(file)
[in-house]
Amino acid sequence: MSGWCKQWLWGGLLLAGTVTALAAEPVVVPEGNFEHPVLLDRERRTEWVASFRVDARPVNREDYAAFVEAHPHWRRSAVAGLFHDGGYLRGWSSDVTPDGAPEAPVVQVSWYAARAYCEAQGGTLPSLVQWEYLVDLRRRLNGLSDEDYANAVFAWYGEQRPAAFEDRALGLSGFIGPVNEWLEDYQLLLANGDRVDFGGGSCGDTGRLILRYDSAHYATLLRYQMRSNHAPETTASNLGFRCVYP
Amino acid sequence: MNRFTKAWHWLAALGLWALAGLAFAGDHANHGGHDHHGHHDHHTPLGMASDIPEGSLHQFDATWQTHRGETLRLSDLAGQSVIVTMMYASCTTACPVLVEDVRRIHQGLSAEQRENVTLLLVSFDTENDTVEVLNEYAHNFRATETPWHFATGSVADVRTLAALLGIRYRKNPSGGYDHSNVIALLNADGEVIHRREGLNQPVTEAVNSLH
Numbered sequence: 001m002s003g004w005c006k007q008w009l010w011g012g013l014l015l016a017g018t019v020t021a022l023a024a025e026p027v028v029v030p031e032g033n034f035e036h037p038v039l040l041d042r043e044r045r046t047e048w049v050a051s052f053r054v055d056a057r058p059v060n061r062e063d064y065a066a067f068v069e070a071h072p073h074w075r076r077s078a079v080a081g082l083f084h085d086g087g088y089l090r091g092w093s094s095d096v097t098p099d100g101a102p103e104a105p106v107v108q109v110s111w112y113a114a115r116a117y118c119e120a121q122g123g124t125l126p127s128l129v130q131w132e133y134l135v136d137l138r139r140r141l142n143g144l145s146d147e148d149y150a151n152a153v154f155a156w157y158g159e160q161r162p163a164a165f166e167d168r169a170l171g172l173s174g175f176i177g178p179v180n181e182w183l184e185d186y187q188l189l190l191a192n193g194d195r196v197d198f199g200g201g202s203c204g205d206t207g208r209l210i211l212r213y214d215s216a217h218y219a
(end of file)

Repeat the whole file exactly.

[in-house]
Amino acid sequence: MSGWCKQWLWGGLLLAGTVTALAAEPVVVPEGNFEHPVLLDRERRTEWVASFRVDARPVNREDYAAFVEAHPHWRRSAVAGLFHDGGYLRGWSSDVTPDGAPEAPVVQVSWYAARAYCEAQGGTLPSLVQWEYLVDLRRRLNGLSDEDYANAVFAWYGEQRPAAFEDRALGLSGFIGPVNEWLEDYQLLLANGDRVDFGGGSCGDTGRLILRYDSAHYATLLRYQMRSNHAPETTASNLGFRCVYP
Amino acid sequence: MNRFTKAWHWLAALGLWALAGLAFAGDHANHGGHDHHGHHDHHTPLGMASDIPEGSLHQFDATWQTHRGETLRLSDLAGQSVIVTMMYASCTTACPVLVEDVRRIHQGLSAEQRENVTLLLVSFDTENDTVEVLNEYAHNFRATETPWHFATGSVADVRTLAALLGIRYRKNPSGGYDHSNVIALLNADGEVIHRREGLNQPVTEAVNSLH
Numbered sequence: 001m002s003g004w005c006k007q008w009l010w011g012g013l014l015l016a017g018t019v020t021a022l023a024a025e026p027v028v029v030p031e032g033n034f035e036h037p038v039l040l041d042r043e044r045r046t047e048w049v050a051s052f053r054v055d056a057r058p059v060n061r062e063d064y065a066a067f068v069e070a071h072p073h074w075r076r077s078a079v080a081g082l083f084h085d086g087g088y089l090r091g092w093s094s095d096v097t098p099d100g101a102p103e104a105p106v107v108q109v110s111w112y113a114a115r116a117y118c119e120a121q122g123g124t125l126p127s128l129v130q131w132e133y134l135v136d137l138r139r140r141l142n143g144l145s146d147e148d149y150a151n152a153v154f155a156w157y158g159e160q161r162p163a164a165f166e167d168r169a170l171g172l173s174g175f176i177g178p179v180n181e182w183l184e185d186y187q188l189l190l191a192n193g194d195r196v197d198f199g200g201g202s203c204g205d206t207g208r209l210i211l212r213y214d215s216a217h218y219a